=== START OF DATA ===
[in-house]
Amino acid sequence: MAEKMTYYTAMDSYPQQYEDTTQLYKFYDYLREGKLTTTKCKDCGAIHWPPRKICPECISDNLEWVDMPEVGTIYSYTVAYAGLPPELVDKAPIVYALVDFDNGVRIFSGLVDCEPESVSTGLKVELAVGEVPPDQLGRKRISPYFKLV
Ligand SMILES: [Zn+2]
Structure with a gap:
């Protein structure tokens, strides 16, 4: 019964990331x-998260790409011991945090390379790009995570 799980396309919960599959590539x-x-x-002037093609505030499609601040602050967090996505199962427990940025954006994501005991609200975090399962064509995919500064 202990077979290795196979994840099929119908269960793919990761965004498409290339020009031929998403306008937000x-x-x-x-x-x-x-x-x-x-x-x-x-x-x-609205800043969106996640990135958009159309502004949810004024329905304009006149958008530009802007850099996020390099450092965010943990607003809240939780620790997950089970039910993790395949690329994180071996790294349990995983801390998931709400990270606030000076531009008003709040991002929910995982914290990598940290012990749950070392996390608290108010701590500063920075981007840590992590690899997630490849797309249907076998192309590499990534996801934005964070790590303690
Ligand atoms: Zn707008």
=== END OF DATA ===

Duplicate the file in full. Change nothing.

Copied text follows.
[in-house]
Amino acid sequence: MAEKMTYYTAMDSYPQQYEDTTQLYKFYDYLREGKLTTTKCKDCGAIHWPPRKICPECISDNLEWVDMPEVGTIYSYTVAYAGLPPELVDKAPIVYALVDFDNGVRIFSGLVDCEPESVSTGLKVELAVGEVPPDQLGRKRISPYFKLV
Ligand SMILES: [Zn+2]
Structure with a gap:
């Protein structure tokens, strides 16, 4: 019964990331x-998260790409011991945090390379790009995570 799980396309919960599959590539x-x-x-002037093609505030499609601040602050967090996505199962427990940025954006994501005991609200975090399962064509995919500064 202990077979290795196979994840099929119908269960793919990761965004498409290339020009031929998403306008937000x-x-x-x-x-x-x-x-x-x-x-x-x-x-x-609205800043969106996640990135958009159309502004949810004024329905304009006149958008530009802007850099996020390099450092965010943990607003809240939780620790997950089970039910993790395949690329994180071996790294349990995983801390998931709400990270606030000076531009008003709040991002929910995982914290990598940290012990749950070392996390608290108010701590500063920075981007840590992590690899997630490849797309249907076998192309590499990534996801934005964070790590303690
Ligand atoms: Zn707008």